Annabel Kantaria explores her dark side for debut novel

Coming Home follows the life of Evie, who leaves her Dubai home for England after her father passes away, only to stumble upon dark family secrets.

Author Annabel Kantaria. Courtesy Annabel Kantaria
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It only took a few minutes for Annabel Kantaria's bubble to burst.

Even as she was basking in the success of winning the Emirates Airline Festival of Literature’s inaugural Montegrappa First Fiction award in 2013, the competition judge and renowned book agent Luigi Bonomi wasted no time in delivering a hard truth.

“He told me to wait back until the room emptied and then said: ‘Congratulations, you write beautifully but I don’t think your plot was that good,’” she recalls.

“I was like, crikey. I told him that I only wrote 35,000 words (just over a third) and he said that’s a good thing because you need to replot it.”

The stern advice paid off, as the resulting work became Kantaria's debut novel Coming Home. The domestic thriller received its international launch as part of this year's ­literary festival.

It was also at the event, held at the InterContinental Dubai Festival City last month, where Kantaria saw her novel on sale at the festival bookshop for the first time.

“It was such a strange and surreal moment to go out there and see the book finally out,” she says.

“It was an amazing experience just to hold it in my hand.”

Coming Home follows the life of Evie, who leaves her Dubai home for England after her father passes away, only to stumble upon dark family secrets.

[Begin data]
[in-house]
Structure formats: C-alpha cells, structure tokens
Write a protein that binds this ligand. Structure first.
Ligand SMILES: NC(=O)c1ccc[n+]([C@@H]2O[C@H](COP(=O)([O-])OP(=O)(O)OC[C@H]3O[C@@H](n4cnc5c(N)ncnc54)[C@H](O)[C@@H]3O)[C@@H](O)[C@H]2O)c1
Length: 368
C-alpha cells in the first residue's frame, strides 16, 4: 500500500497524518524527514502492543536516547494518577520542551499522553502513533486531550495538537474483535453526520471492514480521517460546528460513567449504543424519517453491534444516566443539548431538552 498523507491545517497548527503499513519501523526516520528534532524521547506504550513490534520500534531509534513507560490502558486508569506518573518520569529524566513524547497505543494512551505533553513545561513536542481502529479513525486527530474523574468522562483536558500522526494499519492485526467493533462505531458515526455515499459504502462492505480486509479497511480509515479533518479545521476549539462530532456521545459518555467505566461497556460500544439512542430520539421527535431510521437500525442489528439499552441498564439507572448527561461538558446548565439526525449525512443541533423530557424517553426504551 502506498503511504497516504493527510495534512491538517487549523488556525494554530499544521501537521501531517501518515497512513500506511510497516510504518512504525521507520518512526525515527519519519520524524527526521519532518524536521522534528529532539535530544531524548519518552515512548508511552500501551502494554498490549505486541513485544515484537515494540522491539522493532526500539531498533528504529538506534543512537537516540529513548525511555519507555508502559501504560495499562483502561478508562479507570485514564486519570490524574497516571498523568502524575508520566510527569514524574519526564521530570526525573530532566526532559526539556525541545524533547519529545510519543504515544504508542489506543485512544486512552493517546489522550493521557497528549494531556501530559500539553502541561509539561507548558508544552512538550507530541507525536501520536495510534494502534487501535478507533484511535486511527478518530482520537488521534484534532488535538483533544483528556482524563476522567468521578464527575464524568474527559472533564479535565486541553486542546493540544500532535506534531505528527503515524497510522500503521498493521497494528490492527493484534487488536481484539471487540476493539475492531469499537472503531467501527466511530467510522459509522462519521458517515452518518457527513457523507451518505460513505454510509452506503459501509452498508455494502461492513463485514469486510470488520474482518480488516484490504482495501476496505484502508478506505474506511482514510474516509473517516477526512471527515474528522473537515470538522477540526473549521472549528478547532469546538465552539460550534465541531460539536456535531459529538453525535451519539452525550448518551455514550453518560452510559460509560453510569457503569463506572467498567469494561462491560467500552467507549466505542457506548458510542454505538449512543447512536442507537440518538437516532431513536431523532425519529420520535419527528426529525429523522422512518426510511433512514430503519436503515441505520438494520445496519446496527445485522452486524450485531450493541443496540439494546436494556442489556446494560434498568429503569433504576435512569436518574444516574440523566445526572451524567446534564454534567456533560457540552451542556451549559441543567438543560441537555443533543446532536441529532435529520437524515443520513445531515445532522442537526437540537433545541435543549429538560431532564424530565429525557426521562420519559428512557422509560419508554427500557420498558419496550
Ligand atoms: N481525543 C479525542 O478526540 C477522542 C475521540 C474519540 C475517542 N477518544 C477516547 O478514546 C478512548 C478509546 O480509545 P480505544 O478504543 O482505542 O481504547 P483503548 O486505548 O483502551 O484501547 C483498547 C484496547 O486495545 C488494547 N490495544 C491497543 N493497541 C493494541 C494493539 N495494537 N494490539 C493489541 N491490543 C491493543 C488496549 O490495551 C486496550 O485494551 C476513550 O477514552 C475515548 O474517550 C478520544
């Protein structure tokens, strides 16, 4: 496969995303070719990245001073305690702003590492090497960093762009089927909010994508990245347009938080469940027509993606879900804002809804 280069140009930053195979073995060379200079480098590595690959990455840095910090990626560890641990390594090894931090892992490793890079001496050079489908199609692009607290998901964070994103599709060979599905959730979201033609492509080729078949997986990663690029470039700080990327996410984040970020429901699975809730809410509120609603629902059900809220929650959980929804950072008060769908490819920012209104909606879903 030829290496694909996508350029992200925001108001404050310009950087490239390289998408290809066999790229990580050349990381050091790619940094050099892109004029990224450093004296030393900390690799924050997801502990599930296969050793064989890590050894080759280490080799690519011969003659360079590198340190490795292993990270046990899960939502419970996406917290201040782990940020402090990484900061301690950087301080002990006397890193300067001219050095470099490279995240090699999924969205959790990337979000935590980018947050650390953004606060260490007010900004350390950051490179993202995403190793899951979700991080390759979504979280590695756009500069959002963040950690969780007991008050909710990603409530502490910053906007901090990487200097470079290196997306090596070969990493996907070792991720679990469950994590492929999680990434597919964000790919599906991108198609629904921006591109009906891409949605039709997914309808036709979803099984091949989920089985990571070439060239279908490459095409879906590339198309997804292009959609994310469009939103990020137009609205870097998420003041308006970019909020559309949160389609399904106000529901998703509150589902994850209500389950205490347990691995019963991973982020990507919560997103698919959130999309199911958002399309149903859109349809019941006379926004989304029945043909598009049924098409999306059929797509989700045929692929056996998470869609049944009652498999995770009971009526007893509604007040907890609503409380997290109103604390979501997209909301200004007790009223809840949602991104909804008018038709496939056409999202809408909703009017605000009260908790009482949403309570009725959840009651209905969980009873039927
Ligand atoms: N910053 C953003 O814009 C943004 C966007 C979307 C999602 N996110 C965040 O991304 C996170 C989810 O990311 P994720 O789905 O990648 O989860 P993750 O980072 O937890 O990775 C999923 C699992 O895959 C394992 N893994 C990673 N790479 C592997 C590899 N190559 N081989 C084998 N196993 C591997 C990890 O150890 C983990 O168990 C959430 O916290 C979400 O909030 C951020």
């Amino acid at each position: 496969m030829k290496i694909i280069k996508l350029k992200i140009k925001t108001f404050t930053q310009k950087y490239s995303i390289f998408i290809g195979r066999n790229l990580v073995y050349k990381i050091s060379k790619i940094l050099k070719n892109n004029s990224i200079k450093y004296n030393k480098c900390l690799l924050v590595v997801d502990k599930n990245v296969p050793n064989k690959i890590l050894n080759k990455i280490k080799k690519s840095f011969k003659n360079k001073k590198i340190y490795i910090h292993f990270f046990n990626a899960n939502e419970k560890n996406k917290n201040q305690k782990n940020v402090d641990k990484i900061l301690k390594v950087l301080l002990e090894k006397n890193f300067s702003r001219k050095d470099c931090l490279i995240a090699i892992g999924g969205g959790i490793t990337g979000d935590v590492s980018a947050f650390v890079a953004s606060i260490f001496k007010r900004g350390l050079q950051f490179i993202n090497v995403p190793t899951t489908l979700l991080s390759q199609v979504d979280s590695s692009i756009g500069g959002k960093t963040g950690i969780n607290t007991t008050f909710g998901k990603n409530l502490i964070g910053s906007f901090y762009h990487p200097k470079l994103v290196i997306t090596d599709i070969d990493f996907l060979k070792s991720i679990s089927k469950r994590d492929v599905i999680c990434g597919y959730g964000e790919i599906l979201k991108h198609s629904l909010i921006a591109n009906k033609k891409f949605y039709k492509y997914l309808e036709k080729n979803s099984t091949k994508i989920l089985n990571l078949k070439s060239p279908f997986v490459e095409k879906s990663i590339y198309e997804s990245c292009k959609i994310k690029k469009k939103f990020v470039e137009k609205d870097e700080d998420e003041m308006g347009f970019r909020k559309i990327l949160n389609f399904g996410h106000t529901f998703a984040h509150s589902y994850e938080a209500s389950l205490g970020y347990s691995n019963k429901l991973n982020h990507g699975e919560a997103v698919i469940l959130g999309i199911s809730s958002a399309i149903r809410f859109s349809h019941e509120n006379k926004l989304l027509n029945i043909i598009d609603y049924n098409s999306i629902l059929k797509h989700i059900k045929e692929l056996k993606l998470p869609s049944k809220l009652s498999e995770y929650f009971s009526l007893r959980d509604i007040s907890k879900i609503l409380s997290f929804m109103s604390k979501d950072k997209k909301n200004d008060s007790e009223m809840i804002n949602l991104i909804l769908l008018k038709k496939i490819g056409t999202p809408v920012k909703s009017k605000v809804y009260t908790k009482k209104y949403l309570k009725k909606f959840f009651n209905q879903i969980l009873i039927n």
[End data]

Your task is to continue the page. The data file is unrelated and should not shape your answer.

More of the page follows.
Kantaria said most of the rewriting focused on giving the plot extra twists.

“What I have learnt is that you have to throw a few obstacles in the way of characters,” she said.

“You have to twist things around so that just when the characters know what they think is happening, you then go and mix it all up.”

The novel’s surprises were not only limited to the characters; Kantaria says she was initially taken aback by the novel’s foreboding turn.

She credits Bonomi for unleashing Coming Home's "creepiness".

“He told me to keep focusing on that darkness,” she says.

“So I started reading darker books while I was writing because before I read happy-­clappy books and was in turn writing happy-clappy stories.”

Kantaria is now following her darker muse by working on her second novel – another mysterious tale about an old woman who goes missing on a family holiday.

While writing the second book is admittedly not as daunting, she says the hard work remains the same.

“You just have to take it step by step and write every day,” she says.

“By doing that I hope that my writing also improves because I learnt a lot from the process the first time around.”

Coming Home is due out in paperback in May

sasaeed@thenational.ae